Dismiss Notice
Join Physics Forums Today!
The friendliest, high quality science and math community on the planet! Everyone who loves science is here!

Homework Help: Integration problem

  1. Aug 17, 2004 #1
    After learning a few more techniques at integration and practicing the books thrown me in the deep end, giving me 50 integration questions with usually no clue of what method to use >_<.

    Here's one i'm stuck on, and my working thus far:

    Integrate with respect to x:

    x^2/(x-2) dx
    I rewrote it as: x^2.(x-2)^-1

    I then tried to use integration by parts, thinking that eventually i would be able to bring the x^2 down to 2, and produce an integral i could solve.

    V = x^2, dv/dx = 2x, du = (x-2)^-1, u = ln[x-2].

    x^2ln[x-2] - integral of (2xln[x-2])

    So i thought i would need to use integration by parts again, to solve the above integral and bring the 2x to a 2.

    Integral of (2xln[x-2])
    v = 2x, dv/dx = 2, du = ln[x-2], u = ?, where's where i'm having problems, i've tried using integration by parts again to calculate ln[x-2] but simply can't do it, as the new expression is becoming constantly more difficult.

    I thought about substitution, but i would need to take u = x^2, with du/dx as 2x, however, this would only produce u/(du/dx - 2) dx, which isn't going anywhere.

    Some help would be much appreciated. Thanks.
  2. jcsd
  3. Aug 17, 2004 #2
    Finding the integral of ln(x) is easy. ln(x) is 1 * ln(x). In the integration by parts formula, take the part to be integrated to be "1" and the factor to be differentiated to be "ln(x)" (I think this translates to V = ln(x) and du = 1 in your notation, but I can't be bothered to check it).

    Also, substitution will work for the original integral. Take u = x - 2, then du = dx and x^2 = (u + 2)^2. The integral turns into (u + 2)^2 / u du, which surely is trivial to integrate. Performing polynomial division on x^2/(x - 2) will also work.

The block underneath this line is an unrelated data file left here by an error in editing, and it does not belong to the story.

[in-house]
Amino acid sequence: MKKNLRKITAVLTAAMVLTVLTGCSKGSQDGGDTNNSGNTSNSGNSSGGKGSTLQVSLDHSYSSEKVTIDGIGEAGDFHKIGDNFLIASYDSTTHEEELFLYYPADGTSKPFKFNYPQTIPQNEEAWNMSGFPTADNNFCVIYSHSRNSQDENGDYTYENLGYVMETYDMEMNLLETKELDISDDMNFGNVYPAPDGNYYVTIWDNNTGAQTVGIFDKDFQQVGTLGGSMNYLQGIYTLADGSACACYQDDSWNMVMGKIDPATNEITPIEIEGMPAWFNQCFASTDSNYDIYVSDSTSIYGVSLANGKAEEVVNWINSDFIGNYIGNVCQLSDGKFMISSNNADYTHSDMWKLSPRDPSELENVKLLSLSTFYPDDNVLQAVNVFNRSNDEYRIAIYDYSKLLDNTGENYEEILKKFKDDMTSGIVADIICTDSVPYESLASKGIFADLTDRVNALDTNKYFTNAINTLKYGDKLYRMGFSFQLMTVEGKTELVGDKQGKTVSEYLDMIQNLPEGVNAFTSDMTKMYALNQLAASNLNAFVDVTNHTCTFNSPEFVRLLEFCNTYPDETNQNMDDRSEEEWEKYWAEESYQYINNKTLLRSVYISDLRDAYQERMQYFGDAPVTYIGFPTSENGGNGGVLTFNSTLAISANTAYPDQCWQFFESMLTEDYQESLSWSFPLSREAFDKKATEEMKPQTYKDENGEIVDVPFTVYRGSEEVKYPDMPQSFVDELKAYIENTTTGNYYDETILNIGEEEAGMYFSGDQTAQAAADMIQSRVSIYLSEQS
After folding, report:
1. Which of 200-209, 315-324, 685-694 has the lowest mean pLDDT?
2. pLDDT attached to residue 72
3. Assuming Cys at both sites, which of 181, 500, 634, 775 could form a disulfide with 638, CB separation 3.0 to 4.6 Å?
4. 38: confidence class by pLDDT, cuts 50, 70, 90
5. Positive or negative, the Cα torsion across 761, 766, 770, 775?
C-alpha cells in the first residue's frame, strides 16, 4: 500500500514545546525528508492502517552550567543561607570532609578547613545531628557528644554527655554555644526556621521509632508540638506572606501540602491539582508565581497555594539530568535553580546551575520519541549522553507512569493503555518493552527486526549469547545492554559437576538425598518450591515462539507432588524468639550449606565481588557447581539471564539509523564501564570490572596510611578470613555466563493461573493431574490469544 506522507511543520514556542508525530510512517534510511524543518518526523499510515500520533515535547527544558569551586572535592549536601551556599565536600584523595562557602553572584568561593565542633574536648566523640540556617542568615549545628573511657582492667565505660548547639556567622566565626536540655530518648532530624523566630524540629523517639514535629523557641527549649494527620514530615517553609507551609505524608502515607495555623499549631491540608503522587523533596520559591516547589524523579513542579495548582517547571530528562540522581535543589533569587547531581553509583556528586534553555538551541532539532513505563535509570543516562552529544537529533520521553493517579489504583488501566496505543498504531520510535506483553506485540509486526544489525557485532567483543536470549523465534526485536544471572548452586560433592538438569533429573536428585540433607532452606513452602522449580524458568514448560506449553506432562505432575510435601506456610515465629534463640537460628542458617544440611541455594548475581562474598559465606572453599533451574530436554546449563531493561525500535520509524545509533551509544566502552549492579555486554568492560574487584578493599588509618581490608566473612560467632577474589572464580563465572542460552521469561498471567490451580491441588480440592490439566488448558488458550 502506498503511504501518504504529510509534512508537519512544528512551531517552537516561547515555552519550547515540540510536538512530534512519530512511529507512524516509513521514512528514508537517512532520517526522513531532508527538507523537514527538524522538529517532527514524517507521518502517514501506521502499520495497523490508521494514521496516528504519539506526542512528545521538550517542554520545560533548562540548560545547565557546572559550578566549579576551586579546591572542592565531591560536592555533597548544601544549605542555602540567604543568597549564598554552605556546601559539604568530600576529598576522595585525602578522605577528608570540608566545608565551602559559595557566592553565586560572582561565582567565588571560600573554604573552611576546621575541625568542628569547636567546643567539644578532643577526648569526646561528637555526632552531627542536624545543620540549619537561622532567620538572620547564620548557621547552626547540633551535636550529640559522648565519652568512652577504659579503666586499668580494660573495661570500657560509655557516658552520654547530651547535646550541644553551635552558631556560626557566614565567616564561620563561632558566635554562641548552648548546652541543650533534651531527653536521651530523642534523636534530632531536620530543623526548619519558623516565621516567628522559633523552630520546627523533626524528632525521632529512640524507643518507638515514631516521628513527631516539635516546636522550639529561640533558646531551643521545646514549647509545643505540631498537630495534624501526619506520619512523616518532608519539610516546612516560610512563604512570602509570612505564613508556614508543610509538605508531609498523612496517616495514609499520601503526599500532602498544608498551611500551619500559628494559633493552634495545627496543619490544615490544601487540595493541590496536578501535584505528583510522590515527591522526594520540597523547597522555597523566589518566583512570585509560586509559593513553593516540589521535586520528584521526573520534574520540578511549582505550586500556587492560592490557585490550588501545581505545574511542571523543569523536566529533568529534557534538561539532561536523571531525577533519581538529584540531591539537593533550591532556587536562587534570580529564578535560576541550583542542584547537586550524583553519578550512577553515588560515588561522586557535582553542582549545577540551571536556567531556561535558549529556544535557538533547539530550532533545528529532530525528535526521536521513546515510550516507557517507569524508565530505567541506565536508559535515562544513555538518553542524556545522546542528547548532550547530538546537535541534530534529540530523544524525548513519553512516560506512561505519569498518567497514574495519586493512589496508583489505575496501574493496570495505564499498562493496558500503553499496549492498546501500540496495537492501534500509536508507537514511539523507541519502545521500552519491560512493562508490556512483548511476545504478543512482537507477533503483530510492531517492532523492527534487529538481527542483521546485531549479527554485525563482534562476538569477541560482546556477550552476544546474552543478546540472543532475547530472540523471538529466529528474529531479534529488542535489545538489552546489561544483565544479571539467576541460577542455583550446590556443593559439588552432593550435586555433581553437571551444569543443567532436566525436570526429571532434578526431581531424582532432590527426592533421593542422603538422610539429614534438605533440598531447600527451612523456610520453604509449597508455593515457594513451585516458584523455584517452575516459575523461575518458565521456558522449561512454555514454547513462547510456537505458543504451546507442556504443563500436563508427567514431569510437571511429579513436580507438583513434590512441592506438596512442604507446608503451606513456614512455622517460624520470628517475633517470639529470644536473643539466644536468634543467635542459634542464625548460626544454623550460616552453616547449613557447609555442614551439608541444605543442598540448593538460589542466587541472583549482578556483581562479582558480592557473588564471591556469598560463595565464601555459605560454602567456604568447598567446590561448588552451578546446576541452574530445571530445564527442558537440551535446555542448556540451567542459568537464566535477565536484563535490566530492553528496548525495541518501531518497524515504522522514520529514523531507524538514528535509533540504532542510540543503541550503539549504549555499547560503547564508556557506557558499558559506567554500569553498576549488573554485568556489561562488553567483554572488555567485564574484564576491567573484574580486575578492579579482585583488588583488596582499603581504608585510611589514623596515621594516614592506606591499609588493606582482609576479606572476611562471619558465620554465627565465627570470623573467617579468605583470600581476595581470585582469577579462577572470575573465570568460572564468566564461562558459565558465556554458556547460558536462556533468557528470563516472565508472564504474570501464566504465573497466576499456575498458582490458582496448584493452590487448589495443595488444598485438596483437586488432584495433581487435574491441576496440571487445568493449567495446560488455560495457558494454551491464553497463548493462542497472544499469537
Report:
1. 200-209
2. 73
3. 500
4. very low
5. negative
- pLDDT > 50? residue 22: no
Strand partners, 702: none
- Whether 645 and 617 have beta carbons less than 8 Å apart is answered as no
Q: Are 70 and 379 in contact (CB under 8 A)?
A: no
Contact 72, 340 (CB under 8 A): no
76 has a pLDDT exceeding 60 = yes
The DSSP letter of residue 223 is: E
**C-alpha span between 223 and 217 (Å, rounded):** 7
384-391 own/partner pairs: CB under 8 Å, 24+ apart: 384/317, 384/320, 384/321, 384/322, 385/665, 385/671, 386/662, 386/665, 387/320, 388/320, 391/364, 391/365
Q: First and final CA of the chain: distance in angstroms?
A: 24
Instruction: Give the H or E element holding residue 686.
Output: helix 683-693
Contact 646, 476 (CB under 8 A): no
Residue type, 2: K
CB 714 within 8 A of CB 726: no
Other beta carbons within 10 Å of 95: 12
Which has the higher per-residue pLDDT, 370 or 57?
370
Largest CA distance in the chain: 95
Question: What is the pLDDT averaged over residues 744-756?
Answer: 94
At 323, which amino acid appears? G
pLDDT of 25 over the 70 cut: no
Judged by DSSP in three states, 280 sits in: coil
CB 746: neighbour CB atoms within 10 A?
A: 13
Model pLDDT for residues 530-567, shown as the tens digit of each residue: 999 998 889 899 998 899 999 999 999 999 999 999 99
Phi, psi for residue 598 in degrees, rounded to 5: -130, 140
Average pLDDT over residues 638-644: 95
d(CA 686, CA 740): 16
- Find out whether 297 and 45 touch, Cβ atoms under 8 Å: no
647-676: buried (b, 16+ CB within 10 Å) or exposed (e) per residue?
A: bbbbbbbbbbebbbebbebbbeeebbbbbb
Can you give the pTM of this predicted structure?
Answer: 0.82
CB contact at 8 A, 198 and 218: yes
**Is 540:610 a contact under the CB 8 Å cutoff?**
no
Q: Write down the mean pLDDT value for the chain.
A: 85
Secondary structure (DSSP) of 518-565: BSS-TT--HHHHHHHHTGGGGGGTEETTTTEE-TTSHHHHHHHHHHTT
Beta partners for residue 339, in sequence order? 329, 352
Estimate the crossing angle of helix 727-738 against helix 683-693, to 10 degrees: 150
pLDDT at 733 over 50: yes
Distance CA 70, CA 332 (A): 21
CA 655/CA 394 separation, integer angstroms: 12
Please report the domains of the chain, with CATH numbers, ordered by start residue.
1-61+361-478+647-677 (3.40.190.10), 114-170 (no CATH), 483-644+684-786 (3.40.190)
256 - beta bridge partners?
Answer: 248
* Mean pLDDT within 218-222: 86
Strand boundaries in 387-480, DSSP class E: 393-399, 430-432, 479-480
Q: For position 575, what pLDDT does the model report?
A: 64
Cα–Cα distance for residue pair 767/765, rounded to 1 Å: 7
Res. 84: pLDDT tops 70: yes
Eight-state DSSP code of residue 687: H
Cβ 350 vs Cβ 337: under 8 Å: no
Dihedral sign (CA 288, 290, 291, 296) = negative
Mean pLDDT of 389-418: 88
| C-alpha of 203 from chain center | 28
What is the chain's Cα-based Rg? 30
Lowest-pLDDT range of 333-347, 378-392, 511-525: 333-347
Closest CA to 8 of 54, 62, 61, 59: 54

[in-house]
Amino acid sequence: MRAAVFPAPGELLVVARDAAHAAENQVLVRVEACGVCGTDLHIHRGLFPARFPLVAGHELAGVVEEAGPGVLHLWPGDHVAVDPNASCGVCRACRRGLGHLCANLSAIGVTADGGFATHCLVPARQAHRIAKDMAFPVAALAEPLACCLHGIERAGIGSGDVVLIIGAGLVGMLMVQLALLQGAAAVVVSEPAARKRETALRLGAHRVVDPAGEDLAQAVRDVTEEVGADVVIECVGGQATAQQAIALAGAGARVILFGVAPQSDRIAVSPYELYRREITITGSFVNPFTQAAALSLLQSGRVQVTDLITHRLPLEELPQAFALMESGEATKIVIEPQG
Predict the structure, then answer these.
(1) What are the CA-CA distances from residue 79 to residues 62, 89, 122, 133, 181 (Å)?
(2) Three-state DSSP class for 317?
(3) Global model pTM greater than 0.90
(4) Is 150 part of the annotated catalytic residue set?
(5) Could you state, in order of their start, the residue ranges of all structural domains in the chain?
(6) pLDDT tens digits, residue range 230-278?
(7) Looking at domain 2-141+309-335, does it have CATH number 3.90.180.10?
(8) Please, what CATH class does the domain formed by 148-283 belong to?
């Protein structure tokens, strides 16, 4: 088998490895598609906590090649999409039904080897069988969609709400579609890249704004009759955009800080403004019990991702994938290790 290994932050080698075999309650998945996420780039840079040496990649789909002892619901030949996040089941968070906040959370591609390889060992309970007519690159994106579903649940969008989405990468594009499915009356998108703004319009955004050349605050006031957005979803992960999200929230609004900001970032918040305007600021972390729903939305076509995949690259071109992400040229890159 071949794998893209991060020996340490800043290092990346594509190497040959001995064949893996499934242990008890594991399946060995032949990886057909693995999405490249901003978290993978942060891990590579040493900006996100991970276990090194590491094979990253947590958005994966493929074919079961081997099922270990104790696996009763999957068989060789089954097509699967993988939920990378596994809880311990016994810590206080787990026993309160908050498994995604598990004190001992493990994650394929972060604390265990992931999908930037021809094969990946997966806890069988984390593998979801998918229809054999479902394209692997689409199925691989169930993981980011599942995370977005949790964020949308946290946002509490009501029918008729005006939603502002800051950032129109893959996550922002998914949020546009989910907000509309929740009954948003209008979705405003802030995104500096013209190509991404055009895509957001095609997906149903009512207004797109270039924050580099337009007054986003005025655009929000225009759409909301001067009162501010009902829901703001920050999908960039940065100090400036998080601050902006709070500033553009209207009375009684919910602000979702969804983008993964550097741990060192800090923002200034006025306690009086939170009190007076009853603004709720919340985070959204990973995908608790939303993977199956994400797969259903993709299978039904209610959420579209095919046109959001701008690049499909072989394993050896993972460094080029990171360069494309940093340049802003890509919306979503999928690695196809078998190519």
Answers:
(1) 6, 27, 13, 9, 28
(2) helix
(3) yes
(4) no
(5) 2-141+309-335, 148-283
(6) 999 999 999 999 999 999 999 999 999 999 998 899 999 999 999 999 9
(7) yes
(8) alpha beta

Last edited: Aug 17, 2004
  4. Aug 17, 2004 #3
    Ahh, thanks. So subsitution did work. I totally forgot that i could set u as (x-2) instead of x^2., it makes it even easier as du/dx = 1.
    Silly mistakes, it will come with practice i guess.
  5. Aug 17, 2004 #4
    Okay, i've just done the substitution, using u = x-2 it becomes:

    Integrate: u + 4 + 4.u^-1
    = 0.5u^2 + 4u + 4ln
    = 0.5(x-2)(x-2) + 4(x-2) + 4ln[x-2]
    = 0.5(x^2 - 4x + 4) + 4x - 8 + 4ln[x-2]
    = 0.5x^2 - 2x + 2 + 4x - 8 + 4ln[x-2]
    = 0.5x^2 + 2x - 6 + 4ln[x-2]

    But the book gives the answer as:
    0.5x^2 + 2x + 4ln[x-2].

    Is the book incorrect or have i made a stupid mistake somewhere?
    Thanks for the help.
  6. Aug 17, 2004 #5
    What happens to -6 when you differentiate 0.5x^2 + 2x - 6 + 4ln[x-2]? It becomes zero and vanishes.

    To be absolutely correct, you have to say that the integral of x^2/(x - 2) is 0.5x^2 + 2x + 4ln[x-2] + C, where C is any real number...
  7. Aug 17, 2004 #6
    So the -6 will just effect the constant? As this is integration - not yet solvable differential equations i should just skip the terms without x in as they just effect the constant?
  8. Aug 17, 2004 #7
    Pretty much yes.

    Yes, all constant terms can be removed and replaced with a single constant instead.
  9. Aug 17, 2004 #8
    Thanks very much for the help.
Share this great discussion with others via Reddit, Google+, Twitter, or Facebook